Last year Attorney General Blumenthal in Connecticut fought to get new laws in place to protect consumers from debt settlement and debt negotiators that charge consumers and up-front fee to settle debts.
The law has the following provisions:
- Obtain a Connecticut debt negotiators license and file a surety bond
- Not refer to state licensing or bonding as an endorsement
- Disclose 10-year criminal history on license application
- Evaluate likelihood of success in reducing debt or saving a home before contracting with the consumer
- Sign a written agreement with the consumer
- Provide complete list of services, costs and results to be achieved
- Perform services outlined in contract before charging fees
- Adhere to fees regulated by the state banking commissioner
- Allow a 3-day right of rescission for the consumer to cancel the contract
- Comply with state law or have the contract voided and subject to enforcement
New Regulations to Restrict Debt Settlement Forms Becomes Law, Now. by Steve Rhode
According to Blumenthal, the typical scam involves a consumer paying large upfront fees – often $1,000 to $3,000 or more – to a company claiming to negotiate with creditors to lower the debt. Instead, the firm takes the money, never applies it to the debt, and sometimes vanishes.
Typically, a “debt negotiator” is any individual or firm that assists a person in helping to reduce, manage or settle consumer or mortgage debt owed to creditors. These enterprises can refer to themselves as debt-settlement companies, debt-management companies, mortgage modification companies or even foreclosure rescue firms.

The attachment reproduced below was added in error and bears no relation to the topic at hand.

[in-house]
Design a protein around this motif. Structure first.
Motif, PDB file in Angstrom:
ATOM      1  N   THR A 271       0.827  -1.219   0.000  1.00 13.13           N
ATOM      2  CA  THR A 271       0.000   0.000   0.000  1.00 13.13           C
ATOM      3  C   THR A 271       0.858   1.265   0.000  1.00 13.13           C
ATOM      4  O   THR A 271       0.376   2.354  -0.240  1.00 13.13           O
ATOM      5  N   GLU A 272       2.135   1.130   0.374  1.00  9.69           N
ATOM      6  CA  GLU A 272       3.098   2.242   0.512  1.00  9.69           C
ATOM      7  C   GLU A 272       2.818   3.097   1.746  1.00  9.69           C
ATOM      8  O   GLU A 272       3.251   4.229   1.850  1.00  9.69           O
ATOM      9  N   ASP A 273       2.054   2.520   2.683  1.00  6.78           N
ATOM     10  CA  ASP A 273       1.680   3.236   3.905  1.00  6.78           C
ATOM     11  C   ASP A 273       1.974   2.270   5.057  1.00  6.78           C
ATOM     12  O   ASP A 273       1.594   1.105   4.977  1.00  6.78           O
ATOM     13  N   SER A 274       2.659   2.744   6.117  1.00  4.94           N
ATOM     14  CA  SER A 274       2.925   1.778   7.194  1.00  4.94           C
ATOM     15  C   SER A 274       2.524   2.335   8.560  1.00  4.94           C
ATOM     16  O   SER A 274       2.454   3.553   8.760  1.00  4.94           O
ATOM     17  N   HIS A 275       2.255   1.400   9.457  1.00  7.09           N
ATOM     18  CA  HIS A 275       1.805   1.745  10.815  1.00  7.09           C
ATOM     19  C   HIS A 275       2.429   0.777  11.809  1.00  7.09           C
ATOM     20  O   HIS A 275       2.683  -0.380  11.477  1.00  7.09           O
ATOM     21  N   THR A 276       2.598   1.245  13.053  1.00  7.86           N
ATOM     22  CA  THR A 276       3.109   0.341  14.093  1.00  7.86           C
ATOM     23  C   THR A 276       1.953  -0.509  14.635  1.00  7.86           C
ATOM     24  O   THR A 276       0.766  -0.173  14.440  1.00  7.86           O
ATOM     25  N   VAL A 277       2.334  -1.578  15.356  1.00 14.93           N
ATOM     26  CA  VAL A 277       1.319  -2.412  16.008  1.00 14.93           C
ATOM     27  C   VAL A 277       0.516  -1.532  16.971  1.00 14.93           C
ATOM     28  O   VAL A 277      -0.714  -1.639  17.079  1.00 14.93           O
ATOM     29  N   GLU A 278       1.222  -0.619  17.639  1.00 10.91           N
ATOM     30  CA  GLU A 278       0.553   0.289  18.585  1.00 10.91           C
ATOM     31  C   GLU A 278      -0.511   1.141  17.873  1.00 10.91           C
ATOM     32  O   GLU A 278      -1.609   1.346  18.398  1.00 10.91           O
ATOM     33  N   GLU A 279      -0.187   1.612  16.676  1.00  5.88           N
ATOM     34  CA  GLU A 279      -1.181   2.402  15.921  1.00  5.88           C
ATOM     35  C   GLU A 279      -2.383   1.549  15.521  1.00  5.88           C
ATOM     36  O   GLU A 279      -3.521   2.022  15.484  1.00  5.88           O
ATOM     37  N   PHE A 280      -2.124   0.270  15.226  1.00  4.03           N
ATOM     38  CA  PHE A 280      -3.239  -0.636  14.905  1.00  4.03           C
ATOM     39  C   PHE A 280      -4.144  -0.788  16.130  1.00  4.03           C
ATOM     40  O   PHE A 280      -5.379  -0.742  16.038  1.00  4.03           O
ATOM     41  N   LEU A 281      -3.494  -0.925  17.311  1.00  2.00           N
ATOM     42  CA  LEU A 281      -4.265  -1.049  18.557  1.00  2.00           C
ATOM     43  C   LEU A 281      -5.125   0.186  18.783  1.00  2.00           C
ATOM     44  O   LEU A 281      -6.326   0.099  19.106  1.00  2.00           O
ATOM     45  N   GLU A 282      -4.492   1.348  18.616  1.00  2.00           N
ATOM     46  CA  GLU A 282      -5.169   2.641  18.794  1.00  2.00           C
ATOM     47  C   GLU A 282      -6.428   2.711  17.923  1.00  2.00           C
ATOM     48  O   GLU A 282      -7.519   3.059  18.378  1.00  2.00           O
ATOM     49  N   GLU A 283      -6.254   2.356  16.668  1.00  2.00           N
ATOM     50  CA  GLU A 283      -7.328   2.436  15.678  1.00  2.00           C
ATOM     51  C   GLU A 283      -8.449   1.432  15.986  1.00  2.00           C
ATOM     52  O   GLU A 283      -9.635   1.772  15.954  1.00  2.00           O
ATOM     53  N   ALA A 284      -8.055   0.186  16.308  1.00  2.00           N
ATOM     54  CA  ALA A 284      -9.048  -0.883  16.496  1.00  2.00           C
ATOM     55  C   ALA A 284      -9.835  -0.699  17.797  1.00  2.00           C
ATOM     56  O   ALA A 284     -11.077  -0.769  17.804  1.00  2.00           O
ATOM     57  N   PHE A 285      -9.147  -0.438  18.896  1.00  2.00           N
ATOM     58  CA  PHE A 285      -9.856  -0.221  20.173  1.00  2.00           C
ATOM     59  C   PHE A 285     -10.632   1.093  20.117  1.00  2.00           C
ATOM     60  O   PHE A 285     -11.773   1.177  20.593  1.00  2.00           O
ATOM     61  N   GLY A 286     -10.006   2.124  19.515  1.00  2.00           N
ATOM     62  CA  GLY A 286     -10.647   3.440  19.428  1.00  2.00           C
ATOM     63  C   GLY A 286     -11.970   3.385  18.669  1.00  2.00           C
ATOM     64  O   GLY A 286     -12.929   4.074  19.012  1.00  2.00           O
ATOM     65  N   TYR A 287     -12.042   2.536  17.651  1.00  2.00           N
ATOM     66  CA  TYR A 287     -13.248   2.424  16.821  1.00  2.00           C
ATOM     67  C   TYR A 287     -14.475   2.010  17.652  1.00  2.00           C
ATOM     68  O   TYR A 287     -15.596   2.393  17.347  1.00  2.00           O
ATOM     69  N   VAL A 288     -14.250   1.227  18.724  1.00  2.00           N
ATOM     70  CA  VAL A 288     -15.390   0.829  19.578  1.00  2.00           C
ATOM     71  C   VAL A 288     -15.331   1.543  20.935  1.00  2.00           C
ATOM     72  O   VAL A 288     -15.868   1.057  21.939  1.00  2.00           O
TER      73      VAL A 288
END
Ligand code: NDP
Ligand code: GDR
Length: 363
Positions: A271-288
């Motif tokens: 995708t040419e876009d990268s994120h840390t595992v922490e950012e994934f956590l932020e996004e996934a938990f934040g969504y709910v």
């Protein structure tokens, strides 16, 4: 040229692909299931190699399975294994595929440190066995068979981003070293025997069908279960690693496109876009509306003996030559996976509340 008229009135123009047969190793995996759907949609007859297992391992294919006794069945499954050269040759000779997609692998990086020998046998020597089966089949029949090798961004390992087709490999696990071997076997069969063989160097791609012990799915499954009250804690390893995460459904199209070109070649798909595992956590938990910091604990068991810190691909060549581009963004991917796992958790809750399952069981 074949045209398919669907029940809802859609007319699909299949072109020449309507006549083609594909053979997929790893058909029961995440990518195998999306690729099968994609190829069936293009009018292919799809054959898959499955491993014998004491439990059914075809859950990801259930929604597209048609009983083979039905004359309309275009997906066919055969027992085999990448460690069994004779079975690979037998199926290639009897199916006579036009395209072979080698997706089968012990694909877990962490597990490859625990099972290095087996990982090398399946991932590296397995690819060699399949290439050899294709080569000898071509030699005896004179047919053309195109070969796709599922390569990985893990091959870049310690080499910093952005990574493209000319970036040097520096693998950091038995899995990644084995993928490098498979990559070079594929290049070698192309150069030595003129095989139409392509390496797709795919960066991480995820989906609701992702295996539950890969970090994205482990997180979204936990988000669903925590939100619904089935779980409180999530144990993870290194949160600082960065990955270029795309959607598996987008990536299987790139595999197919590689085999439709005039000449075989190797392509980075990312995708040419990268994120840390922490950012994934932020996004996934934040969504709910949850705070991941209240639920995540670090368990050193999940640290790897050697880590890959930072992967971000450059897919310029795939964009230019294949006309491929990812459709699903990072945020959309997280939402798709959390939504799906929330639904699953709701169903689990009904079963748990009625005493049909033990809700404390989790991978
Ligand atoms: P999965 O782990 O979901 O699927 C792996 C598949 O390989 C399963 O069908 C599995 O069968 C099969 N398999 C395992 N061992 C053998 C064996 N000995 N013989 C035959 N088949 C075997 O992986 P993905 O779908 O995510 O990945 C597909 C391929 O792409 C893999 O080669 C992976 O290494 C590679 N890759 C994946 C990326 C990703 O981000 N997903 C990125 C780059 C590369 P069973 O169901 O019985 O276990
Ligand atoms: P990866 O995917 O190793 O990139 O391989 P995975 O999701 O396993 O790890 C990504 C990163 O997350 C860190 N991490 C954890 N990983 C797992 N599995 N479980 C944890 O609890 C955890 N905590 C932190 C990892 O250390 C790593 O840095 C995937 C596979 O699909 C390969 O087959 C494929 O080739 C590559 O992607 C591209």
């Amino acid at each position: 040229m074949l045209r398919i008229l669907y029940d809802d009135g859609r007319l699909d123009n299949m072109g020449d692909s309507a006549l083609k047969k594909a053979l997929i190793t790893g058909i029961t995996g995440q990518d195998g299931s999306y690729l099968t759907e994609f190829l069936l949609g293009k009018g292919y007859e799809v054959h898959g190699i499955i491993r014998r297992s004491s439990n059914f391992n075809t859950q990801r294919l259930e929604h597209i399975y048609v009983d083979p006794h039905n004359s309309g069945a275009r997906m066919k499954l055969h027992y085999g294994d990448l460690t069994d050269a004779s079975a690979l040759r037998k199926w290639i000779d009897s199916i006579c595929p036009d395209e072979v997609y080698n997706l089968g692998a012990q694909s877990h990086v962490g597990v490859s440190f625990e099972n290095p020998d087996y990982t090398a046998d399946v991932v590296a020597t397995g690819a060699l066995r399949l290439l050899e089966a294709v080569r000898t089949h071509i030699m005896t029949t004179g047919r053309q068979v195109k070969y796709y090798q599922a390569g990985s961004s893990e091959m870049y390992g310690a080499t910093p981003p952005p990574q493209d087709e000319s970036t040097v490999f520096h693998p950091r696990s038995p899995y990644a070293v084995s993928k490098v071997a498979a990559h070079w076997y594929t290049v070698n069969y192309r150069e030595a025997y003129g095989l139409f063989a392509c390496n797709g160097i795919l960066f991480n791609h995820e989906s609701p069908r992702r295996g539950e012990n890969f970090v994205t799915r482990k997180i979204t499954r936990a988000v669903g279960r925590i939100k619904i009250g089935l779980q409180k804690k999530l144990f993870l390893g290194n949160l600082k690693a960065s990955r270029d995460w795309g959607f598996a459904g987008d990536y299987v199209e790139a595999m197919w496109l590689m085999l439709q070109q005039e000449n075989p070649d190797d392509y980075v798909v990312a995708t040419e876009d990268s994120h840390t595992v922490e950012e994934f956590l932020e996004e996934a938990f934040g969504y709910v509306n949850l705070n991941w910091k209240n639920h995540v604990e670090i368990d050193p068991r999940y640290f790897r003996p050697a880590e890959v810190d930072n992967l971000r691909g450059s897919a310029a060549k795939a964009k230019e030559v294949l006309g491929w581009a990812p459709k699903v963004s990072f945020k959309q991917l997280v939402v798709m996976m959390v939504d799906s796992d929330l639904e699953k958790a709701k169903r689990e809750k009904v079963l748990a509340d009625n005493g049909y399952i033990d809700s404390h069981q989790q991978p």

Connecticut already licenses so-called “debt adjusters,” but those individuals or firms receive and submit funds to a creditor without actually negotiating on the debtor’s behalf, said Marlene Mannix, assistant director of the consumer credit division of the Connecticut Department of Banking.
This new expanded law prohibits a debt negotiator from charging upfront fees, requiring the enterprise to perform services outlined in a contract first. Before a contract is signed, the debt negotiator is required to register for a state license and evaluate the likelihood of success in reducing debt or saving a home for the consumer. Source